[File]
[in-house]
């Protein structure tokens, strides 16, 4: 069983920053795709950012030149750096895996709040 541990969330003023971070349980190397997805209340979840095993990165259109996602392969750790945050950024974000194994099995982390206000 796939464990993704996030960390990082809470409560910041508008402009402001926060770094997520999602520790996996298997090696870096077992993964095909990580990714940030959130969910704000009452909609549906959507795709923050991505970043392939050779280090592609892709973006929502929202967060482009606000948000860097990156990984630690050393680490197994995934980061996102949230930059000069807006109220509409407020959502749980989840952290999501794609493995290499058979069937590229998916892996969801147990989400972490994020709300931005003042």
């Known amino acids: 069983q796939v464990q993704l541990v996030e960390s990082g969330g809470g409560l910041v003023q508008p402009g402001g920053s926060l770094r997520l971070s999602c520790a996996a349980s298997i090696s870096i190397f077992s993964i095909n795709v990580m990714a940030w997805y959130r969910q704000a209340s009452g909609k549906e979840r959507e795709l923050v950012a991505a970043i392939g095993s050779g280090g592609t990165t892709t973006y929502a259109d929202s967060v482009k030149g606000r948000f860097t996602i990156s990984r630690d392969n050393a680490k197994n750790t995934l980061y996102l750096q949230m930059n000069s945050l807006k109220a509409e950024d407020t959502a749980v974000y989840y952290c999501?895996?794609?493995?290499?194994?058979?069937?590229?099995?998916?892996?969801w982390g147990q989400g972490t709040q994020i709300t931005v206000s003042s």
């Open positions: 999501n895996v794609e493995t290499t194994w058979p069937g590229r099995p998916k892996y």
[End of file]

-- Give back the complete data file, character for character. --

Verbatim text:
[in-house]
């Protein structure tokens, strides 16, 4: 069983920053795709950012030149750096895996709040 541990969330003023971070349980190397997805209340979840095993990165259109996602392969750790945050950024974000194994099995982390206000 796939464990993704996030960390990082809470409560910041508008402009402001926060770094997520999602520790996996298997090696870096077992993964095909990580990714940030959130969910704000009452909609549906959507795709923050991505970043392939050779280090592609892709973006929502929202967060482009606000948000860097990156990984630690050393680490197994995934980061996102949230930059000069807006109220509409407020959502749980989840952290999501794609493995290499058979069937590229998916892996969801147990989400972490994020709300931005003042």
């Known amino acids: 069983q796939v464990q993704l541990v996030e960390s990082g969330g809470g409560l910041v003023q508008p402009g402001g920053s926060l770094r997520l971070s999602c520790a996996a349980s298997i090696s870096i190397f077992s993964i095909n795709v990580m990714a940030w997805y959130r969910q704000a209340s009452g909609k549906e979840r959507e795709l923050v950012a991505a970043i392939g095993s050779g280090g592609t990165t892709t973006y929502a259109d929202s967060v482009k030149g606000r948000f860097t996602i990156s990984r630690d392969n050393a680490k197994n750790t995934l980061y996102l750096q949230m930059n000069s945050l807006k109220a509409e950024d407020t959502a749980v974000y989840y952290c999501?895996?794609?493995?290499?194994?058979?069937?590229?099995?998916?892996?969801w982390g147990q989400g972490t709040q994020i709300t931005v206000s003042s």
């Open positions: 999501n895996v794609e493995t290499t194994w058979p069937g590229r099995p998916k892996y």